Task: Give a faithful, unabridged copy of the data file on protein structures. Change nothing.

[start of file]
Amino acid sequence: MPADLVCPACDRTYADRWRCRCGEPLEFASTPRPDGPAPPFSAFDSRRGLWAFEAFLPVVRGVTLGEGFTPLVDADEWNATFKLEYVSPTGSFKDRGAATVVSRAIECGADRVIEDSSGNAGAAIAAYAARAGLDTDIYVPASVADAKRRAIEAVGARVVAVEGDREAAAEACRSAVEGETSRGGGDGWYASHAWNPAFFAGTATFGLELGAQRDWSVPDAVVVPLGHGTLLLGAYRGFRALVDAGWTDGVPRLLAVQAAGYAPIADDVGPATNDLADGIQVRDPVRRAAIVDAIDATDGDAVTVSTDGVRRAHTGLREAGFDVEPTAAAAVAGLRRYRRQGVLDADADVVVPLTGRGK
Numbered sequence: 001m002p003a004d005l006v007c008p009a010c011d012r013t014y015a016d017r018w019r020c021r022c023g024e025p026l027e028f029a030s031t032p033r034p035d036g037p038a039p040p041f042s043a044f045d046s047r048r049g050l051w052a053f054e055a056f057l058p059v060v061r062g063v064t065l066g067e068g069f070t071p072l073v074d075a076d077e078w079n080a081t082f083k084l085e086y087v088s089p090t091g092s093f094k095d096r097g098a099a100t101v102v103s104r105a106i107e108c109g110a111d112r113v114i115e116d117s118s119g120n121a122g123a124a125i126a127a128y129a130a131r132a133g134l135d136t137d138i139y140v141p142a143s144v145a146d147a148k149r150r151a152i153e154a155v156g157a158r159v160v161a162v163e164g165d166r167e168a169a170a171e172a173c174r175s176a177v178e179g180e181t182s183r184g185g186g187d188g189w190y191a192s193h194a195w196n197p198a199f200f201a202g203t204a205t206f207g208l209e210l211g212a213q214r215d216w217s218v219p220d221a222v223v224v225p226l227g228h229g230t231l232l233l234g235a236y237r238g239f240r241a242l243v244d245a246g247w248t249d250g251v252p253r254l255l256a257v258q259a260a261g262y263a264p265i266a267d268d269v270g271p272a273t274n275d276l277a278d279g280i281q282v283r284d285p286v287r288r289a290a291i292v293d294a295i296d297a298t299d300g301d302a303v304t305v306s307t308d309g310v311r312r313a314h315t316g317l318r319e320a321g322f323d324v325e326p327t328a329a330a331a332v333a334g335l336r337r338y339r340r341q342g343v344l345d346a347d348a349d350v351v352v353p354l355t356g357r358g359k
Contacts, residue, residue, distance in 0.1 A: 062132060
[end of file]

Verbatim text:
Amino acid sequence: MPADLVCPACDRTYADRWRCRCGEPLEFASTPRPDGPAPPFSAFDSRRGLWAFEAFLPVVRGVTLGEGFTPLVDADEWNATFKLEYVSPTGSFKDRGAATVVSRAIECGADRVIEDSSGNAGAAIAAYAARAGLDTDIYVPASVADAKRRAIEAVGARVVAVEGDREAAAEACRSAVEGETSRGGGDGWYASHAWNPAFFAGTATFGLELGAQRDWSVPDAVVVPLGHGTLLLGAYRGFRALVDAGWTDGVPRLLAVQAAGYAPIADDVGPATNDLADGIQVRDPVRRAAIVDAIDATDGDAVTVSTDGVRRAHTGLREAGFDVEPTAAAAVAGLRRYRRQGVLDADADVVVPLTGRGK
Numbered sequence: 001m002p003a004d005l006v007c008p009a010c011d012r013t014y015a016d017r018w019r020c021r022c023g024e025p026l027e028f029a030s031t032p033r034p035d036g037p038a039p040p041f042s043a044f045d046s047r048r049g050l051w052a053f054e055a056f057l058p059v060v061r062g063v064t065l066g067e068g069f070t071p072l073v074d075a076d077e078w079n080a081t082f083k084l085e086y087v088s089p090t091g092s093f094k095d096r097g098a099a100t101v102v103s104r105a106i107e108c109g110a111d112r113v114i115e116d117s118s119g120n121a122g123a124a125i126a127a128y129a130a131r132a133g134l135d136t137d138i139y140v141p142a143s144v145a146d147a148k149r150r151a152i153e154a155v156g157a158r159v160v161a162v163e164g165d166r167e168a169a170a171e172a173c174r175s176a177v178e179g180e181t182s183r184g185g186g187d188g189w190y191a192s193h194a195w196n197p198a199f200f201a202g203t204a205t206f207g208l209e210l211g212a213q214r215d216w217s218v219p220d221a222v223v224v225p226l227g228h229g230t231l232l233l234g235a236y237r238g239f240r241a242l243v244d245a246g247w248t249d250g251v252p253r254l255l256a257v258q259a260a261g262y263a264p265i266a267d268d269v270g271p272a273t274n275d276l277a278d279g280i281q282v283r284d285p286v287r288r289a290a291i292v293d294a295i296d297a298t299d300g301d302a303v304t305v306s307t308d309g310v311r312r313a314h315t316g317l318r319e320a321g322f323d324v325e326p327t328a329a330a331a332v333a334g335l336r337r338y339r340r341q342g343v344l345d346a347d348a349d350v351v352v353p354l355t356g357r358g359k
Contacts, residue, residue, distance in 0.1 A: 062132060